As we work — and spend — to make the places we live in beautiful and functional, we sometimes make decor mistakes we come to regret. Unhappy choices nearly always stem from poor planning, rushed decisions, self-doubt or bad advice. Here I’ll show you how to take sound and sensible steps to create the home you want.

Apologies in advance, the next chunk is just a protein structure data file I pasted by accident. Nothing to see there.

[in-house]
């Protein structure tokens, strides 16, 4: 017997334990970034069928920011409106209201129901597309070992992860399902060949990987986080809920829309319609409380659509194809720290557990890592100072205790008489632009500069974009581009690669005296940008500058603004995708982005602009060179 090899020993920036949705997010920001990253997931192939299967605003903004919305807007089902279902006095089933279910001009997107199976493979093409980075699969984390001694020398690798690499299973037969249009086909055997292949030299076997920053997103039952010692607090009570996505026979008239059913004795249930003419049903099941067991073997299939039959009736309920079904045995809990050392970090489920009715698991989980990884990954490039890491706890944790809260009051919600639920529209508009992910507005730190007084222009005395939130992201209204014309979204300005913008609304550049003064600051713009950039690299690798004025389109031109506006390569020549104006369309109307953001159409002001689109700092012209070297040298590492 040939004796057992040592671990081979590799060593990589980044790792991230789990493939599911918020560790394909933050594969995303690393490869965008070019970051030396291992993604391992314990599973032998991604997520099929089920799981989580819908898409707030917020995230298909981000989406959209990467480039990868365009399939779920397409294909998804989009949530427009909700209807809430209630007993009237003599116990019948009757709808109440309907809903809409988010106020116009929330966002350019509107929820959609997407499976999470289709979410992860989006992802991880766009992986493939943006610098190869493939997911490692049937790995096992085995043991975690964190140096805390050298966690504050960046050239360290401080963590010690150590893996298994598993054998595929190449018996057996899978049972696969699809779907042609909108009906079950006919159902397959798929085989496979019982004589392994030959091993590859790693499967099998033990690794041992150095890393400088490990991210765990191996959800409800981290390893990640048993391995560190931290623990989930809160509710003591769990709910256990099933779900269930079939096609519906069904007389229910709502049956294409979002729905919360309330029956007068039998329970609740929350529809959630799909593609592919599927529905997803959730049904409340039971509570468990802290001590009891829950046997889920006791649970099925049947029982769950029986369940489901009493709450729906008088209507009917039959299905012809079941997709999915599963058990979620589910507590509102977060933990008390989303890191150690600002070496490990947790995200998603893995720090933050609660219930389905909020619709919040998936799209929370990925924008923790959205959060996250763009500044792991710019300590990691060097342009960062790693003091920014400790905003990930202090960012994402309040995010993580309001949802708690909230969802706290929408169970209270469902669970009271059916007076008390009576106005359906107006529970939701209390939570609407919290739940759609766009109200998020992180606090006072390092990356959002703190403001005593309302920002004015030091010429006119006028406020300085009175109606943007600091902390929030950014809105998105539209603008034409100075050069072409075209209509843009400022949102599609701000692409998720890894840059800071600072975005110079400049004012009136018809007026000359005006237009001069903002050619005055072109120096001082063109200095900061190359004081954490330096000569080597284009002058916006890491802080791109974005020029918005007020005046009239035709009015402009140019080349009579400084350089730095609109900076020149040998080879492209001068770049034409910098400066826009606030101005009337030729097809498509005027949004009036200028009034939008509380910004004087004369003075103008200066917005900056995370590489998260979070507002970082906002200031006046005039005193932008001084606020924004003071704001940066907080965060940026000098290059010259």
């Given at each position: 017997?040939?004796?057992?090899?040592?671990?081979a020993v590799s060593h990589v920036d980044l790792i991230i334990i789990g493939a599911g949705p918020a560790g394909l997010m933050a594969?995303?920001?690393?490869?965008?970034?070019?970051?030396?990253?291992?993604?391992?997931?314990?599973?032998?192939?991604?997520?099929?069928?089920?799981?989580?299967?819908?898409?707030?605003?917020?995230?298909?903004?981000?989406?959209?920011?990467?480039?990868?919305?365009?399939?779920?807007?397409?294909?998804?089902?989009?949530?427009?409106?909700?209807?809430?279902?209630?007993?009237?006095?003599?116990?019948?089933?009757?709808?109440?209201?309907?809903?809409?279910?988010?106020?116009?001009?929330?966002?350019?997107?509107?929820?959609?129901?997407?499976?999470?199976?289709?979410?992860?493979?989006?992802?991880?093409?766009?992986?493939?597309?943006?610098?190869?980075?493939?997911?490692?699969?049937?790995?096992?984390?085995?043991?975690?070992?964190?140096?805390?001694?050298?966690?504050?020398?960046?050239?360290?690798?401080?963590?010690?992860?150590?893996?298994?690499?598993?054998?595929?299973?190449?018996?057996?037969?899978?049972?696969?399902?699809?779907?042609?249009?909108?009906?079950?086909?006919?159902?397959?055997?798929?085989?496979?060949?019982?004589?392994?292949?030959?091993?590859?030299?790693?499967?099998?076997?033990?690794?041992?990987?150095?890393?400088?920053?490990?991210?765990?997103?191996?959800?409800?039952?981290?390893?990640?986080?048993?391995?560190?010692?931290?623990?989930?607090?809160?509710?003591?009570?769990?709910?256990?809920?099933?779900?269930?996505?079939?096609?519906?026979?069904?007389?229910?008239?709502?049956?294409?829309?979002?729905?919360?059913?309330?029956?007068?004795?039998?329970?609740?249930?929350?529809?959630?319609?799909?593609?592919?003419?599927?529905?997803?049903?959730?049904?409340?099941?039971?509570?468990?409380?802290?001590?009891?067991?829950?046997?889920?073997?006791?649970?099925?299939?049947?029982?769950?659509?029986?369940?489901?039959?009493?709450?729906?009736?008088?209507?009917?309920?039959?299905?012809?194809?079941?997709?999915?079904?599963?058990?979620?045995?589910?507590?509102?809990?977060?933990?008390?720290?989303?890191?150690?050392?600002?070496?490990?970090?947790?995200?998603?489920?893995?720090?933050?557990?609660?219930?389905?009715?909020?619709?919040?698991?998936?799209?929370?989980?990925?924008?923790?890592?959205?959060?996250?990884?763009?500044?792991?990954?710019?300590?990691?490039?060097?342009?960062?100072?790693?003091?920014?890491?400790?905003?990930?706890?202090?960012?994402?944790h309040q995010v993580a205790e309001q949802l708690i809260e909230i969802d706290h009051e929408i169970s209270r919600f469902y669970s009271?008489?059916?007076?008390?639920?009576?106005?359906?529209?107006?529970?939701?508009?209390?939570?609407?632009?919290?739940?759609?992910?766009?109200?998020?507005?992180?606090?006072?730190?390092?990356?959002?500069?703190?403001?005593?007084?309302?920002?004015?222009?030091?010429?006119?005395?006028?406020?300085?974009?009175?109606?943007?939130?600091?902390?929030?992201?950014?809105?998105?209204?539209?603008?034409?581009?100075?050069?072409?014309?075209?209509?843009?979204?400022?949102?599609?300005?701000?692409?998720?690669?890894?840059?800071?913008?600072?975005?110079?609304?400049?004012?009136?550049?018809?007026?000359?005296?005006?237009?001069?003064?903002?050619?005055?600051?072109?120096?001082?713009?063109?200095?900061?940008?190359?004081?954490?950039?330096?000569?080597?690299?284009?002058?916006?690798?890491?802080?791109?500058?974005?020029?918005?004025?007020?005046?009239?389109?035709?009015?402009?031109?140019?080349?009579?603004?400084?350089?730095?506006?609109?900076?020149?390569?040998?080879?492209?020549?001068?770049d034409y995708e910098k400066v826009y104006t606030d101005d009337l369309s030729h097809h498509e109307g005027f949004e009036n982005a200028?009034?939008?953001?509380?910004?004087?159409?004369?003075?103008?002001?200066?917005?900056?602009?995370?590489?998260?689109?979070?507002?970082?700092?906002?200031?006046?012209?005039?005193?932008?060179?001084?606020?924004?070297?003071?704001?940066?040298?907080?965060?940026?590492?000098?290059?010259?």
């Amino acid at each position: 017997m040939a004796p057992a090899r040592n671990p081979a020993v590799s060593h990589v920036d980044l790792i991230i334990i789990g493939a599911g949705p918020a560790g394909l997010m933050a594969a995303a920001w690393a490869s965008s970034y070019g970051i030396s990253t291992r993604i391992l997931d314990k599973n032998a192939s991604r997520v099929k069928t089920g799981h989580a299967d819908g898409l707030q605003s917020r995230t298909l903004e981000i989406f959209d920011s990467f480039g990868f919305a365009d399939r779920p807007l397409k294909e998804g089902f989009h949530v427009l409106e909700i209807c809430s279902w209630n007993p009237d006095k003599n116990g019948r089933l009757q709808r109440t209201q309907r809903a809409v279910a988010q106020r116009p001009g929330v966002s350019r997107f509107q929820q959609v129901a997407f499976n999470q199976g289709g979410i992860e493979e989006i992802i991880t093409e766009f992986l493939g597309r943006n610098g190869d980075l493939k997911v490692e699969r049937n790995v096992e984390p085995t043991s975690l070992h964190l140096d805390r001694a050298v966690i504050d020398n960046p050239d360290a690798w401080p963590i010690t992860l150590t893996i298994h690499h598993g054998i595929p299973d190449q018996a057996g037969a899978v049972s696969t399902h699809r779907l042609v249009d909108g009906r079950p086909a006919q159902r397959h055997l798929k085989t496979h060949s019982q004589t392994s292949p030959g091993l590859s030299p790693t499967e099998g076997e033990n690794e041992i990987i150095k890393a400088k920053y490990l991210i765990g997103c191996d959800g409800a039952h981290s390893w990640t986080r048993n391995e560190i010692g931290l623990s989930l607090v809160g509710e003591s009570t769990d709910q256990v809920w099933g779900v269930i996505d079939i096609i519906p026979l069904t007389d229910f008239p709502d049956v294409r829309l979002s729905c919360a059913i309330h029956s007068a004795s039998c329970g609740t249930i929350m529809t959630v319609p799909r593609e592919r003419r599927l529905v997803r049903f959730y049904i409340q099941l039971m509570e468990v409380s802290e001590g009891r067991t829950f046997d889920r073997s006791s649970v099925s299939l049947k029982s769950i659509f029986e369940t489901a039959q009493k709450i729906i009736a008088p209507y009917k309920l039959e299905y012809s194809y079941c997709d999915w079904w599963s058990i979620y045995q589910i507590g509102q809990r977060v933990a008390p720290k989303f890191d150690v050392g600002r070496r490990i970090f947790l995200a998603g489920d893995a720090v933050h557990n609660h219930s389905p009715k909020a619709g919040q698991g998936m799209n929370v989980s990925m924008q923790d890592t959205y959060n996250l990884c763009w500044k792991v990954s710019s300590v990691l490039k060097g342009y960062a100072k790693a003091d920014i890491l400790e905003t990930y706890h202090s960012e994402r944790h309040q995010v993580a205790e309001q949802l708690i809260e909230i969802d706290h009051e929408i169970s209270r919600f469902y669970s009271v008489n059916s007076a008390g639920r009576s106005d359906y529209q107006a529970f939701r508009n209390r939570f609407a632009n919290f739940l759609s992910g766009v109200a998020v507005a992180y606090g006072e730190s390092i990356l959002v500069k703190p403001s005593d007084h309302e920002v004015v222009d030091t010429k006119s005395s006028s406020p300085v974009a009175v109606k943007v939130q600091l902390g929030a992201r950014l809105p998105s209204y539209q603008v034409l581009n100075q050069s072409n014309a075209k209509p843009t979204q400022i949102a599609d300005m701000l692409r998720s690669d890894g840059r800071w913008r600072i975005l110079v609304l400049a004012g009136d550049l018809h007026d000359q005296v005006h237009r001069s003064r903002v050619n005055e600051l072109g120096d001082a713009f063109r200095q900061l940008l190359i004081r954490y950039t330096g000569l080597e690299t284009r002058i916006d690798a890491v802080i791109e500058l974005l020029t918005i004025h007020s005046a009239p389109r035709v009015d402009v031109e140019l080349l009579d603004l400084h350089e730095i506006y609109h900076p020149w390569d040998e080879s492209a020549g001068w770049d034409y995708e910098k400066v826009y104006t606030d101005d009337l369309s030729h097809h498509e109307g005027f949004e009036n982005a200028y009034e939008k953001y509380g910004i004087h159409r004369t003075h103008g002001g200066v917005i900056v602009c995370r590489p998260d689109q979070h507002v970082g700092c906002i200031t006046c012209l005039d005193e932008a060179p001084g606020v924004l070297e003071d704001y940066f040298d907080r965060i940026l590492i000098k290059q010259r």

1. Find your style. Lack of confidence leads to indecision, which leads to timid choices. Don’t end up with decor so middle-of-the-road it says absolutely nothing about you. Instead, stand up and express yourself. That comfort zone you’ve been sheltering in could be stifling the real you. Step into the design ring — there’s lots happening in there. Exploring daring design options can be daunting. Signs you should call for help are feeling immobilized by indecision and losing trust in your instincts. A good option here is to consider an interior designer or a decorator; they are trained professionals who will see your home with fresh eyes. Be reassured, a good one won’t impose his or her taste on you, but will steer you toward some options to clarify your vision for your home.